04:11:56 am on
Tuesday 21 Jan 2020

What Trump Teaches
RK Samuelson


Ignored, isolated and alone, again, naturally.

"Many forms of government have been tried,” said Sir Winston Churchill, in 1947, “and will be tried in this world of sin and woe. No one pretends democracy is perfect or all wise. Indeed, [some say] democracy is the worst form of government, except for all the others that have been tried from time to time."

Democracy thus demands attention. Citizens must reflect on the good instances of democracy, learning what will forestall future errors. More important, citizens must scrutinise, recognise and dissect terrible instances of democracy to identify what makes it terrible and thus avoided in future.


Lessons of the Trump presidency.

What might we learn from the Trump presidency? What do his actions or inactions reveal? Mostly, it’s how citizens must be wary and keep a gimlet eye on the president, if democracy is to flourish in America.

After the First World War, US President Wilson, along with British Prime Minister Lloyd George, decided what Europe needed was Anglo-American style democracy. They dismembered empires and created new countries, such as Latvia and Ukraine. Wilson and Lloyd George then imposed Anglo-American style democracy on peoples that had never experienced it and weren’t sure they wanted it.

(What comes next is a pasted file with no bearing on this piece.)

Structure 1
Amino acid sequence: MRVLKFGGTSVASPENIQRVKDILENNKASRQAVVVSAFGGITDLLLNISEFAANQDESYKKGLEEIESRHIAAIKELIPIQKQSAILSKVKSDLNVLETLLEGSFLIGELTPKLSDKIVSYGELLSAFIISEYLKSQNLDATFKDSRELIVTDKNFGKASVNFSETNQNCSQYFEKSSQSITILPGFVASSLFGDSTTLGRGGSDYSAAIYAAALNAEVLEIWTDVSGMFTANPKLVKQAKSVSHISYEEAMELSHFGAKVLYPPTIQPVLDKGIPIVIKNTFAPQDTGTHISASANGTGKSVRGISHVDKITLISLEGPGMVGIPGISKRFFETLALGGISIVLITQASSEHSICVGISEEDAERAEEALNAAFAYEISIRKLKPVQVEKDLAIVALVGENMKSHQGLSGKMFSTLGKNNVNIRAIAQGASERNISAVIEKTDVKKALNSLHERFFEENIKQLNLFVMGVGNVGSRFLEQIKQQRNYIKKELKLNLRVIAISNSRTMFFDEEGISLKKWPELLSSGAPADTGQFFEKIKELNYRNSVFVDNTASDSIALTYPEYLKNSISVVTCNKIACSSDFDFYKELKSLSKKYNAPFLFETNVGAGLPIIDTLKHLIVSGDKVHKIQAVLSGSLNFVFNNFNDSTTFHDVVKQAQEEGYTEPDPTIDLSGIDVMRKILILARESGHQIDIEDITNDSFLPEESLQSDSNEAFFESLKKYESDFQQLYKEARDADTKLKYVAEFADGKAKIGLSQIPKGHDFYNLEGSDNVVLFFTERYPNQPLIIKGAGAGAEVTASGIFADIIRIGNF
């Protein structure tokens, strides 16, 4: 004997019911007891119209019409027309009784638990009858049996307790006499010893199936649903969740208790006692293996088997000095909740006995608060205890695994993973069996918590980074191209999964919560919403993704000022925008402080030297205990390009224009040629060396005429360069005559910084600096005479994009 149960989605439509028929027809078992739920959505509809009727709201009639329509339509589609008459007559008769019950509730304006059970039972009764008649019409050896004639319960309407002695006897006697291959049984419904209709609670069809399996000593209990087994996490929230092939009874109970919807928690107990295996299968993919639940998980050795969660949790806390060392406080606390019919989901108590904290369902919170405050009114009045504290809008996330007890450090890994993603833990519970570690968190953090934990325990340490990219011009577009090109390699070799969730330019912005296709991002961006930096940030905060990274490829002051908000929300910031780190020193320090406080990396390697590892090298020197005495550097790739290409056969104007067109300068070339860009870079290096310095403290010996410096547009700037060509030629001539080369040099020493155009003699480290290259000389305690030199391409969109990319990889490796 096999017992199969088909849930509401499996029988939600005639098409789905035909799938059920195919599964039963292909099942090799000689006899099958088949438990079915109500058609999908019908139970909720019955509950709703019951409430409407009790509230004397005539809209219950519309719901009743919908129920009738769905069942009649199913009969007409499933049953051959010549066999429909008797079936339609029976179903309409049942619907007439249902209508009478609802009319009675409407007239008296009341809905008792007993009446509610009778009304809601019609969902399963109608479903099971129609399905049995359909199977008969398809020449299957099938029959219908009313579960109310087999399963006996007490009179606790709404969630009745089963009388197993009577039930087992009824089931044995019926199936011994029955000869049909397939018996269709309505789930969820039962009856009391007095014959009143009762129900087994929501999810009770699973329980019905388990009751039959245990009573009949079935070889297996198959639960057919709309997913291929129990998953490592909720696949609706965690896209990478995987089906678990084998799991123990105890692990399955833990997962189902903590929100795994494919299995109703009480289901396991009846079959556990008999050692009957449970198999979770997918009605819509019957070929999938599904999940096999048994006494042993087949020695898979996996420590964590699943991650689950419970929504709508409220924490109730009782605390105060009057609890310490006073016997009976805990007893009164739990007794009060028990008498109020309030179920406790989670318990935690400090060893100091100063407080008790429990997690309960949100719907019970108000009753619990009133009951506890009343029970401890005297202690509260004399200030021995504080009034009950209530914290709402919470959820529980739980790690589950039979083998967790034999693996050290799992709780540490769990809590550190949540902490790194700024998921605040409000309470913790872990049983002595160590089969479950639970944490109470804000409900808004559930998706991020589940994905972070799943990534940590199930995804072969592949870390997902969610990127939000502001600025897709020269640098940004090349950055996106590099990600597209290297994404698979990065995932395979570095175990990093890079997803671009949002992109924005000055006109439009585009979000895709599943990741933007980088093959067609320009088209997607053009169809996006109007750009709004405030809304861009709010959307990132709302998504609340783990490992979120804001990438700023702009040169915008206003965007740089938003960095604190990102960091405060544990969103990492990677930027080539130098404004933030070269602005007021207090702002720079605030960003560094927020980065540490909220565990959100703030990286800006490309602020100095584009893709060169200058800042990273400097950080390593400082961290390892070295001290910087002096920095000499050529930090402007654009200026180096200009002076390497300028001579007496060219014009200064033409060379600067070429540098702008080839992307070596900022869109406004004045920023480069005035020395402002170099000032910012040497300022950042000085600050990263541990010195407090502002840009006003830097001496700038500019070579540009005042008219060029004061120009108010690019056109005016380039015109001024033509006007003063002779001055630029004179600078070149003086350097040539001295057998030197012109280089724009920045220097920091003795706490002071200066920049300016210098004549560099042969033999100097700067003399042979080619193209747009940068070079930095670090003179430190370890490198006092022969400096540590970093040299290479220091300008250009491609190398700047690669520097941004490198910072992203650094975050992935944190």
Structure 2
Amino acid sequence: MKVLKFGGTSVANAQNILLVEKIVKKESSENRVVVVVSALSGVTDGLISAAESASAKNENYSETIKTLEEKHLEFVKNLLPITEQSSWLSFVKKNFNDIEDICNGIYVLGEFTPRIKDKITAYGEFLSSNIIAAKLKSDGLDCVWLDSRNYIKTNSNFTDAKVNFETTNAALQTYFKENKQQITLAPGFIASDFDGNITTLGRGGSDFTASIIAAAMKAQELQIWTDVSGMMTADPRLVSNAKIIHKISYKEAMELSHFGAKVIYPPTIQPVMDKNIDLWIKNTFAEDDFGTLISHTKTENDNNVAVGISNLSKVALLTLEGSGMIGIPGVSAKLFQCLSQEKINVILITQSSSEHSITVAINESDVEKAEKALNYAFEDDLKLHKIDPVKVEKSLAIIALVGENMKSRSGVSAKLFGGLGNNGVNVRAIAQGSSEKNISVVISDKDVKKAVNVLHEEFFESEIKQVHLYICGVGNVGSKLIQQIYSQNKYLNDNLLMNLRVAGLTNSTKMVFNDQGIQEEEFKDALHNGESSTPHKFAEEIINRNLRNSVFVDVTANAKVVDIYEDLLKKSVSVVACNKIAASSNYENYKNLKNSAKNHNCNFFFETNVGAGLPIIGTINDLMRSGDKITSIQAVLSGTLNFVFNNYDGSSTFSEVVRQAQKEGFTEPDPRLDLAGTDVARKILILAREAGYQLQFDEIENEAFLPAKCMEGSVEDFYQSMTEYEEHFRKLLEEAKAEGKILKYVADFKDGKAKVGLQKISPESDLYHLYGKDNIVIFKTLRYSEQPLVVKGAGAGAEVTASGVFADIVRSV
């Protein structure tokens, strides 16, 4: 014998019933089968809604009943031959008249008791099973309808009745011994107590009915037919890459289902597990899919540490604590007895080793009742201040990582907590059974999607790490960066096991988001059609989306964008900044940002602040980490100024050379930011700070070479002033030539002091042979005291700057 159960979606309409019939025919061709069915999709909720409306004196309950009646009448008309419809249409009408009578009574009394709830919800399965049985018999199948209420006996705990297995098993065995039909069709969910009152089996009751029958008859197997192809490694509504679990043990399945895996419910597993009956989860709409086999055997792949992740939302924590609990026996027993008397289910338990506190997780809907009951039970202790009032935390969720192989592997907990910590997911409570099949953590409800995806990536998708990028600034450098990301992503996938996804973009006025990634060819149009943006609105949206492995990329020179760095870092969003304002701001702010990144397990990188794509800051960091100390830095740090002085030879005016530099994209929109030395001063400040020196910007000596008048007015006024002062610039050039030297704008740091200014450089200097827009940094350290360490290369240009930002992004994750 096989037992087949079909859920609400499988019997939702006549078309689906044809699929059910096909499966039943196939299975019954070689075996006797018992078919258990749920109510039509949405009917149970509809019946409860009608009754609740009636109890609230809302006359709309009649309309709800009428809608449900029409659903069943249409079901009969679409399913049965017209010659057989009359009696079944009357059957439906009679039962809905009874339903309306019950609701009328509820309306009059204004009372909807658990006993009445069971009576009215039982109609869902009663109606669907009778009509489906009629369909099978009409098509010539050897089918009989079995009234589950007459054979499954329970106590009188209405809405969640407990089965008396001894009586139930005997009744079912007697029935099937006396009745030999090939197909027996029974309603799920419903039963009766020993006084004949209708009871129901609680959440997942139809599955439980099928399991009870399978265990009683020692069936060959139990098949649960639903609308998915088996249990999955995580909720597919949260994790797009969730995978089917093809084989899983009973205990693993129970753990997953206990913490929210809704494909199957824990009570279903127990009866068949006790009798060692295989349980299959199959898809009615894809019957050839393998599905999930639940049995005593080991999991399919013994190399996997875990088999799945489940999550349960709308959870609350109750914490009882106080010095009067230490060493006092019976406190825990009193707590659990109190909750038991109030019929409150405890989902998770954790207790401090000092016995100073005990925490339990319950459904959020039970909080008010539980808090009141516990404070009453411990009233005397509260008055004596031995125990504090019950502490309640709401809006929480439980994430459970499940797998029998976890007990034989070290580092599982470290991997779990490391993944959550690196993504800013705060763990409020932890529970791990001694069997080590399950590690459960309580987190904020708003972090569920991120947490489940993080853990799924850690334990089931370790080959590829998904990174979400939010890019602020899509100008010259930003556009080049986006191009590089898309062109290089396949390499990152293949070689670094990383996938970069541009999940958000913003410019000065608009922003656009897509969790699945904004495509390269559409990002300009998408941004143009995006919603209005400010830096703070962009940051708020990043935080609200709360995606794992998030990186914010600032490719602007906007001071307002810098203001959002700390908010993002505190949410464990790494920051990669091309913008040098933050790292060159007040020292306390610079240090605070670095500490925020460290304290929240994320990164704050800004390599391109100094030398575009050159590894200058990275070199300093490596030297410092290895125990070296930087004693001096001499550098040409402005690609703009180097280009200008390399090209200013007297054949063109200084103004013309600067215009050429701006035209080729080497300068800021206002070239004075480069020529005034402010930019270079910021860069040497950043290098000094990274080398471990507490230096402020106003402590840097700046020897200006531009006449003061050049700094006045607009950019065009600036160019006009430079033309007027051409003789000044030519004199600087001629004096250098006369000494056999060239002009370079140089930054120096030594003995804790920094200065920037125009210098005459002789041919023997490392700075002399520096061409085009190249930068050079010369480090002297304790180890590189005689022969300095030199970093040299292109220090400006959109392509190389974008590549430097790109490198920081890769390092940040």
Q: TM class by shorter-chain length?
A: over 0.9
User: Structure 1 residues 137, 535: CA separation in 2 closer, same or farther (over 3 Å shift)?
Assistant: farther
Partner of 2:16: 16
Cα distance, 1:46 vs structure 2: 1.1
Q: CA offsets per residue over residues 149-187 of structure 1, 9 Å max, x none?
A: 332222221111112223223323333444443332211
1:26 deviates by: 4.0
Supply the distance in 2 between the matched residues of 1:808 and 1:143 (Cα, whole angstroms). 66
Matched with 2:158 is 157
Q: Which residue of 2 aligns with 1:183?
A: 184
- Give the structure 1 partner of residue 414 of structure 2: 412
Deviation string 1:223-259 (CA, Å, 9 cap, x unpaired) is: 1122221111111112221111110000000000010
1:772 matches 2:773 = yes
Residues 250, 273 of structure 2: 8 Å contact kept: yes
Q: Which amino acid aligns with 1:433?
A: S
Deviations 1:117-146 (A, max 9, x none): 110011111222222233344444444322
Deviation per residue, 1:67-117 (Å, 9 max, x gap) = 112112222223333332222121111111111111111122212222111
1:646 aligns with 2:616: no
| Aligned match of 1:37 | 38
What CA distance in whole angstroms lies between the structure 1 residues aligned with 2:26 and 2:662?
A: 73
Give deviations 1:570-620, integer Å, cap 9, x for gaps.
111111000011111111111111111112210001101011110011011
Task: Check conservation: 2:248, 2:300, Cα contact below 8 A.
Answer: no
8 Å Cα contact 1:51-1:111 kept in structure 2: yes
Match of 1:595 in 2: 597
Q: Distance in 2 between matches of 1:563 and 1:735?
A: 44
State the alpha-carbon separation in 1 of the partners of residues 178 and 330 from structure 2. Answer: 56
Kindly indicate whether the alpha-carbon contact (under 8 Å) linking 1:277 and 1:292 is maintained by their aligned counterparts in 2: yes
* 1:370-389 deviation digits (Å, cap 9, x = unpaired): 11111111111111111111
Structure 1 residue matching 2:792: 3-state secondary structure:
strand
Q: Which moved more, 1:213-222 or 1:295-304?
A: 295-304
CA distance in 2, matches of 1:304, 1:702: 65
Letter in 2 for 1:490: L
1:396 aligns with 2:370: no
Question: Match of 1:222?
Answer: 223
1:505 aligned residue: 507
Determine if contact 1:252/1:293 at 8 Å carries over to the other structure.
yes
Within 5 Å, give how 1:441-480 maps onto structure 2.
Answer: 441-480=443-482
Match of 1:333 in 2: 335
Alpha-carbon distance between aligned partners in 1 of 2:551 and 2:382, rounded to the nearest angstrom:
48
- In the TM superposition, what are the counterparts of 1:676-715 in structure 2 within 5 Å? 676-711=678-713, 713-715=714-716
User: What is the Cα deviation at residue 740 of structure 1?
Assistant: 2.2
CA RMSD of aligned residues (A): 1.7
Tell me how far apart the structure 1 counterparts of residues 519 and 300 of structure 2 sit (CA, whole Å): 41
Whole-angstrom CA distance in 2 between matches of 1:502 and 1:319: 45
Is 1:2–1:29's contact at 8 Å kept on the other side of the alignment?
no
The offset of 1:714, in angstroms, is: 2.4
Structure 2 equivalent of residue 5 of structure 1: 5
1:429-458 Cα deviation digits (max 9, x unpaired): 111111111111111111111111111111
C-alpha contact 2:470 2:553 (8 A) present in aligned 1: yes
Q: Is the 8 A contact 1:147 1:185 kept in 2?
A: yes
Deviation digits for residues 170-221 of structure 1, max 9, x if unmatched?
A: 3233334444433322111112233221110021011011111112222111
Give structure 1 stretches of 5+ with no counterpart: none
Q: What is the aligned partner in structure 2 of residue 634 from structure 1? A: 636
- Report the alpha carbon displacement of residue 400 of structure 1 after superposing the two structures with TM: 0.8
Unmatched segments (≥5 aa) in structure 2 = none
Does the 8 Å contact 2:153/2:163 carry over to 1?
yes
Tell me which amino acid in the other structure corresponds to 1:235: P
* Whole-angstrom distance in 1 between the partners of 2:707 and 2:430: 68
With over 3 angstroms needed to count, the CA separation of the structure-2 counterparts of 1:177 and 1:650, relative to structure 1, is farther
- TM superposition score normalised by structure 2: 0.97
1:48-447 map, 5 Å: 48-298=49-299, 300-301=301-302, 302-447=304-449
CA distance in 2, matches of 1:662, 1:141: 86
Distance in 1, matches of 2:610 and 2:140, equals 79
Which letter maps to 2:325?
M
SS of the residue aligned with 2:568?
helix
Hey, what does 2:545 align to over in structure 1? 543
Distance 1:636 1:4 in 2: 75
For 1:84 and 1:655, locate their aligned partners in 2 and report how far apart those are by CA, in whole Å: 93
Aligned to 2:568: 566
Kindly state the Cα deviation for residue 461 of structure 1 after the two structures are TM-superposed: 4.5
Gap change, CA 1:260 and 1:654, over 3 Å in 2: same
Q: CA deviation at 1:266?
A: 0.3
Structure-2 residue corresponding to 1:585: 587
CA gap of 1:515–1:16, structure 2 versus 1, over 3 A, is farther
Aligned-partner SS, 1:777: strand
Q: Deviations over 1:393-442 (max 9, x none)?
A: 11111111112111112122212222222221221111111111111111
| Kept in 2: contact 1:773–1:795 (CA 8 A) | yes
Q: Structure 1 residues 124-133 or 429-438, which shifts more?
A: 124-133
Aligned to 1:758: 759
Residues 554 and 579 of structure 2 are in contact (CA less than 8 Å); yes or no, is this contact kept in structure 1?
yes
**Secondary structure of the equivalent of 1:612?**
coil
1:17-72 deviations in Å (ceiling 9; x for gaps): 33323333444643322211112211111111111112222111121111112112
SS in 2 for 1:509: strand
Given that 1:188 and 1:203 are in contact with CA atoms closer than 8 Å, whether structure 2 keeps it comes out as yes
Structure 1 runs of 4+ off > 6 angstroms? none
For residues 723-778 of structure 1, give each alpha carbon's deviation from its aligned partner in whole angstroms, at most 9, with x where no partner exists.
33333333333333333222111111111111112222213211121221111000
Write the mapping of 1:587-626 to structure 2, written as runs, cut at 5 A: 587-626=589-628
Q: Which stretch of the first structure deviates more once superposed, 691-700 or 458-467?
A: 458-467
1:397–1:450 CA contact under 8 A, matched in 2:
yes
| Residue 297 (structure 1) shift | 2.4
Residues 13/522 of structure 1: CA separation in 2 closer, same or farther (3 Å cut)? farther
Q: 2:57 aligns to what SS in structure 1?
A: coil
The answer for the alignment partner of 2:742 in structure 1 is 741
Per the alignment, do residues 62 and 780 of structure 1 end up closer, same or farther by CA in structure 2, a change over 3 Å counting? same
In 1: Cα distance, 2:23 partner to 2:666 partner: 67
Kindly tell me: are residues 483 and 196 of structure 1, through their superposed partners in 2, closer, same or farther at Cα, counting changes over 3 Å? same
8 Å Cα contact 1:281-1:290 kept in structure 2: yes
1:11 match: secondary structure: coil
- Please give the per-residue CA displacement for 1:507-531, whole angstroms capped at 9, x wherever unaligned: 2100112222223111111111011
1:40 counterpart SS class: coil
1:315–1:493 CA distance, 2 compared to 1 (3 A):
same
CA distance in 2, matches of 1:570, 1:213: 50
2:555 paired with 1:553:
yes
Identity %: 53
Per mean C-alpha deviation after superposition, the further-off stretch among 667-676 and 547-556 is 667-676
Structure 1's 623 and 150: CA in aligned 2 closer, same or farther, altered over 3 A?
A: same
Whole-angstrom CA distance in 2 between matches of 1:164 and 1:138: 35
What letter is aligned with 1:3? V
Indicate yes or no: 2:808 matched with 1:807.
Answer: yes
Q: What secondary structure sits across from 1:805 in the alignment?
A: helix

By the late 1930s,, almost all these countries rejected democracy in favour of more authoritarian rule. In Italy, Mussolini made the trains run on time, drained the Pontine Marshes and cleaned up the Sicilian Mafia. In Germany, Hitler overcame inflation and the depression and, by 1937, achieved full employment. Meanwhile, continental European countries, with democratic politics, were drowning in a sea of ineptness.

German propaganda minister, Joseph Goebbels, defended authoritarian rule claiming, “The people cannot govern themselves; the people do not want to govern themselves; all they want is a regime that works.” Sadly, his assessment is truer than not and most often than liked.

Now, we learn Goebbels may have had a point. History is repeating or so it seems. Is Trump the problem or just the most noticeable symptom of a government where self-serving politicians are stumbling around in a sea of ineptness, as Americans only want a government that works?

One of the inevitable problems with democratic politics is that hundreds of politicians must try to cobble together a voting majority from dozens of diverse and often antagonistic constituencies. They have to make different promises to different groups and then try to satisfy all of them. Speaking with tongues seldom works.